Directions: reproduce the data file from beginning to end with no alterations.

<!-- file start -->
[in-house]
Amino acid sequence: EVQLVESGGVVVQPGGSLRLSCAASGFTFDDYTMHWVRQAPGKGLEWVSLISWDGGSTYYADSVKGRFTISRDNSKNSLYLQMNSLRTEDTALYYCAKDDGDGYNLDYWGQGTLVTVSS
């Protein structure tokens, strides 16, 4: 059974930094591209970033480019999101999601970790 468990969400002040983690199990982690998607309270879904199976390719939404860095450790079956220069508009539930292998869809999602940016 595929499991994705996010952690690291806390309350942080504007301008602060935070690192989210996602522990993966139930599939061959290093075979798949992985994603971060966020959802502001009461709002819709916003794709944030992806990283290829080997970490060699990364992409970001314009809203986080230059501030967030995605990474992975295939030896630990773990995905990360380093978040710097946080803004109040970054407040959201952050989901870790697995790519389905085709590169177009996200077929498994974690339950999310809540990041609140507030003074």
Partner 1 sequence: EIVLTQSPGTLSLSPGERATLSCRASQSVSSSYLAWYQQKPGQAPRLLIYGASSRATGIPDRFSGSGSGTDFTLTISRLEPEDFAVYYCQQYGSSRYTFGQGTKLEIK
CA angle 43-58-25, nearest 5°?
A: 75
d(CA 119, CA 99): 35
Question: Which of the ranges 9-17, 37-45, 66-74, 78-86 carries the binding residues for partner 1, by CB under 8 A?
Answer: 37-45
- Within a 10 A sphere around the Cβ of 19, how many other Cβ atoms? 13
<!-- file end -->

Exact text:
[in-house]
Amino acid sequence: EVQLVESGGVVVQPGGSLRLSCAASGFTFDDYTMHWVRQAPGKGLEWVSLISWDGGSTYYADSVKGRFTISRDNSKNSLYLQMNSLRTEDTALYYCAKDDGDGYNLDYWGQGTLVTVSS
């Protein structure tokens, strides 16, 4: 059974930094591209970033480019999101999601970790 468990969400002040983690199990982690998607309270879904199976390719939404860095450790079956220069508009539930292998869809999602940016 595929499991994705996010952690690291806390309350942080504007301008602060935070690192989210996602522990993966139930599939061959290093075979798949992985994603971060966020959802502001009461709002819709916003794709944030992806990283290829080997970490060699990364992409970001314009809203986080230059501030967030995605990474992975295939030896630990773990995905990360380093978040710097946080803004109040970054407040959201952050989901870790697995790519389905085709590169177009996200077929498994974690339950999310809540990041609140507030003074």
Partner 1 sequence: EIVLTQSPGTLSLSPGERATLSCRASQSVSSSYLAWYQQKPGQAPRLLIYGASSRATGIPDRFSGSGSGTDFTLTISRLEPEDFAVYYCQQYGSSRYTFGQGTKLEIK
CA angle 43-58-25, nearest 5°?
A: 75
d(CA 119, CA 99): 35
Question: Which of the ranges 9-17, 37-45, 66-74, 78-86 carries the binding residues for partner 1, by CB under 8 A?
Answer: 37-45
- Within a 10 A sphere around the Cβ of 19, how many other Cβ atoms? 13